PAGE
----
Sunday, February 13, 2011

Tors at Belstone 2

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And now we wind our way slowly back across the hill to descend at Belstone, stopping to have a look at some more of the unusual tors on the way.

I have been busy looking up other interesting tors on the internet and have found a real beauty which I am intending to walk to as soon as I am able to find the right combination of time and weather conditions. This particular tor is a long way out and I have not yet decided whether I will be able to walk all the way there and back in one day, so this particular trip might involve a bit of overnight camping.

As you can see, Dartmoor is not really the easiest of places to yomp across, as it seems designed to twist the ankle with pretty much every step and it's too far to hop back across all these hills on one leg.

There are such things as mires around here on the lower ground, which should be avoided unless you are very confident about jumping from tussock to tussock. The river cleaves are treacherously rocky and almost every step has to be fully considered. The hilltops, though covered with clitter are ok to walk on, though you get the full force of the weather on top and it is easy to end up walking inside a cloud. All in all none of the distances covered here are that easy and a good stout walking stick is recommended as well as a map and compass. I have walked out here on my own today which is also not really that good an idea, as plenty can go wrong in these short days.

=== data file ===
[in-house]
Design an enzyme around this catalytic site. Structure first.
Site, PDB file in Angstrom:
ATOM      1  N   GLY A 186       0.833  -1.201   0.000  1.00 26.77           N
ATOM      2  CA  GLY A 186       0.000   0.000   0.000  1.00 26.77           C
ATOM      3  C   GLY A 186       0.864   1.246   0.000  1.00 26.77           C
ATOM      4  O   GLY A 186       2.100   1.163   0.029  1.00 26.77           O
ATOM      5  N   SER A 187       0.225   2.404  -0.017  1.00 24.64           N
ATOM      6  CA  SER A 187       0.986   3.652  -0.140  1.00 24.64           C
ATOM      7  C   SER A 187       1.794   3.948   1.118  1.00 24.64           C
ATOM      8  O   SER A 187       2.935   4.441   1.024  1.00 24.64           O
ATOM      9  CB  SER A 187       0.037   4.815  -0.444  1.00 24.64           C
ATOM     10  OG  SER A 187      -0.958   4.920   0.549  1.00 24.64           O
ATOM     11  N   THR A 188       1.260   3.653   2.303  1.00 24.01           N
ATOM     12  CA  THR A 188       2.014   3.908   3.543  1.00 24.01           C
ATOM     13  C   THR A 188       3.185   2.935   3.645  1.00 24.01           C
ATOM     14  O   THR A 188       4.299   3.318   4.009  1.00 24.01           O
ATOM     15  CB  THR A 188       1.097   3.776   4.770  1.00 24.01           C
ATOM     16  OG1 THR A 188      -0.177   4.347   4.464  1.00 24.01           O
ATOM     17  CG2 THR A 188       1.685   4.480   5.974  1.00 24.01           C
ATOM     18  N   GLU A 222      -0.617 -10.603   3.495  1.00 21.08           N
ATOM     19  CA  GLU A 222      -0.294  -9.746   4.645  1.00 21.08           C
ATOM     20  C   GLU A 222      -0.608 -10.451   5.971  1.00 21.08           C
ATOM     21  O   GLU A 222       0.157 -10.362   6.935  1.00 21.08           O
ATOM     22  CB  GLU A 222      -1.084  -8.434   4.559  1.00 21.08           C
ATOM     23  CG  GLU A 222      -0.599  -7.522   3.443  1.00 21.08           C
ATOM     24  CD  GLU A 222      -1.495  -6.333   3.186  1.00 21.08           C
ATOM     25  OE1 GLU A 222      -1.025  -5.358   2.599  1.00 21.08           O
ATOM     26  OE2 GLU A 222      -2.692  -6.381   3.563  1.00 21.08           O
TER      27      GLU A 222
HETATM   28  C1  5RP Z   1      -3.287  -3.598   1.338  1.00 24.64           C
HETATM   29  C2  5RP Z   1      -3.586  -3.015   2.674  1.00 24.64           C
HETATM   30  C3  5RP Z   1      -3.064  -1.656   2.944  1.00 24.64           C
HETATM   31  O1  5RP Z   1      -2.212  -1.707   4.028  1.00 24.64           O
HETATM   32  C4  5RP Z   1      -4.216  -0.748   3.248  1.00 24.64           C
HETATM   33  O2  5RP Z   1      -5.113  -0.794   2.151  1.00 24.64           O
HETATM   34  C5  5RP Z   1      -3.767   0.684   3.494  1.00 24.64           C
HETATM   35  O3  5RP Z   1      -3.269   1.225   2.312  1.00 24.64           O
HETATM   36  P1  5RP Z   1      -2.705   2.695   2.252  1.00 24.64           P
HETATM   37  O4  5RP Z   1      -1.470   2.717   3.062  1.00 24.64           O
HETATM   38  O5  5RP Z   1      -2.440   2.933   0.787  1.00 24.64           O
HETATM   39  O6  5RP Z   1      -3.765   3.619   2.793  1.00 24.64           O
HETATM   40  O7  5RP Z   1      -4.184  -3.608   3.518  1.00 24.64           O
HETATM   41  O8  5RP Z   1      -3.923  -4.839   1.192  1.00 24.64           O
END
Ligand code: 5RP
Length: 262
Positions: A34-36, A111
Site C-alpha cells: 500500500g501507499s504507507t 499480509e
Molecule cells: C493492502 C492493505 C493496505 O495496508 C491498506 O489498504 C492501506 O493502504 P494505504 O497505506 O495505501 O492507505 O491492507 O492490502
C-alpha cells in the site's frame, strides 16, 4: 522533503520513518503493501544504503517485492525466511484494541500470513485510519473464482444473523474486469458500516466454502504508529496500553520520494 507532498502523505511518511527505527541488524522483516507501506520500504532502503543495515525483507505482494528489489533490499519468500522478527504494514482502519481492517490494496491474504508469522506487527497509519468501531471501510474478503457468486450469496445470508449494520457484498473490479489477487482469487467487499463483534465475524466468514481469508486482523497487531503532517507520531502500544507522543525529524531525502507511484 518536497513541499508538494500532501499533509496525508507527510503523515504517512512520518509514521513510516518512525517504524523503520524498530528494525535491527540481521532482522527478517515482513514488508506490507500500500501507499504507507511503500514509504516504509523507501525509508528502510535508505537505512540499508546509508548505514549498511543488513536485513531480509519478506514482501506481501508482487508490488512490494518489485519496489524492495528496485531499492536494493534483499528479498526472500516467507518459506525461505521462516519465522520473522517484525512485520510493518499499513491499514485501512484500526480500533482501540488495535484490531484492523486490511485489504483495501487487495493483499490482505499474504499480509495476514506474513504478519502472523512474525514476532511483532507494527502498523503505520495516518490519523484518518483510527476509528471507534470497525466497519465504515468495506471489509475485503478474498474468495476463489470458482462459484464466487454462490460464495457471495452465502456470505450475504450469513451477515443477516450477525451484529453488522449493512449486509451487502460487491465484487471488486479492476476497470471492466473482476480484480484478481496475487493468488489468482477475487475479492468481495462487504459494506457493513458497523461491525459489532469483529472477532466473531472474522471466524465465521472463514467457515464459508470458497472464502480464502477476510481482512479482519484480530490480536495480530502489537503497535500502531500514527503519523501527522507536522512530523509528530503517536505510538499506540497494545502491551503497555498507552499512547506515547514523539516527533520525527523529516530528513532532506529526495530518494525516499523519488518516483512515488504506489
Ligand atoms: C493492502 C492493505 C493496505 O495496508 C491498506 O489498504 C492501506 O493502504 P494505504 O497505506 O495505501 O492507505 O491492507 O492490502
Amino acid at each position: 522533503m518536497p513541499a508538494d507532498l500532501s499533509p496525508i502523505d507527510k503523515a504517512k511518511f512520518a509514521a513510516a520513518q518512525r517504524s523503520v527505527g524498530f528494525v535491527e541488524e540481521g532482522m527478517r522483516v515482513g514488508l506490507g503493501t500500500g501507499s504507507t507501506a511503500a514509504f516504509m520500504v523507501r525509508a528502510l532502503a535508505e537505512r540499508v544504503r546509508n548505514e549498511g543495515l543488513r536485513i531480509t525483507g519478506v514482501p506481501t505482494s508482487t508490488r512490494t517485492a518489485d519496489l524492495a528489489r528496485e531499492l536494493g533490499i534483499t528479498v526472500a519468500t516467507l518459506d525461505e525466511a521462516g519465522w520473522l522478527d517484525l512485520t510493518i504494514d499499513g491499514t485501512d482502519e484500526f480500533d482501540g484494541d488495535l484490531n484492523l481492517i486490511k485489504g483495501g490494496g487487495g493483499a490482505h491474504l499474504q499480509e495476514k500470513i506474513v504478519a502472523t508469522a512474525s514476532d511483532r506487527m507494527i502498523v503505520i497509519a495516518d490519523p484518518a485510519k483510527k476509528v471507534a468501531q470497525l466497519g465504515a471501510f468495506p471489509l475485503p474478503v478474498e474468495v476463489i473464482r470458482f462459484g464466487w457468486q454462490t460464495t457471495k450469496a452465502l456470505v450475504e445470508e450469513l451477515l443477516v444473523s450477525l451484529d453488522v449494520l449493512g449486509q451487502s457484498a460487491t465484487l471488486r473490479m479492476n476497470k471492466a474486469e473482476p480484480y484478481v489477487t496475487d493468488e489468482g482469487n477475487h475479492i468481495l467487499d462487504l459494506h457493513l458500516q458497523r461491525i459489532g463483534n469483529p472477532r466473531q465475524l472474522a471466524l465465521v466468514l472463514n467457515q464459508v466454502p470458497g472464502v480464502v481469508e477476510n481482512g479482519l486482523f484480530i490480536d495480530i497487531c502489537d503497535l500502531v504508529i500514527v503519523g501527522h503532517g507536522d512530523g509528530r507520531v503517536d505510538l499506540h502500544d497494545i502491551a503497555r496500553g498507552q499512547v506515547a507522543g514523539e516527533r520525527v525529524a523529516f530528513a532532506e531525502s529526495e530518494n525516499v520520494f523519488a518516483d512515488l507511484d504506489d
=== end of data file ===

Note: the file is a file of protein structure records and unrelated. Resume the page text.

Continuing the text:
Well that's all for another time and plenty to look forward to. In the meantime we will get back down to Belstone and off to Sticklepath and the bus. The light here is already becoming somewhat lunar, the hills will settle into darkness again soon and this really isn't the place to be out walking at night.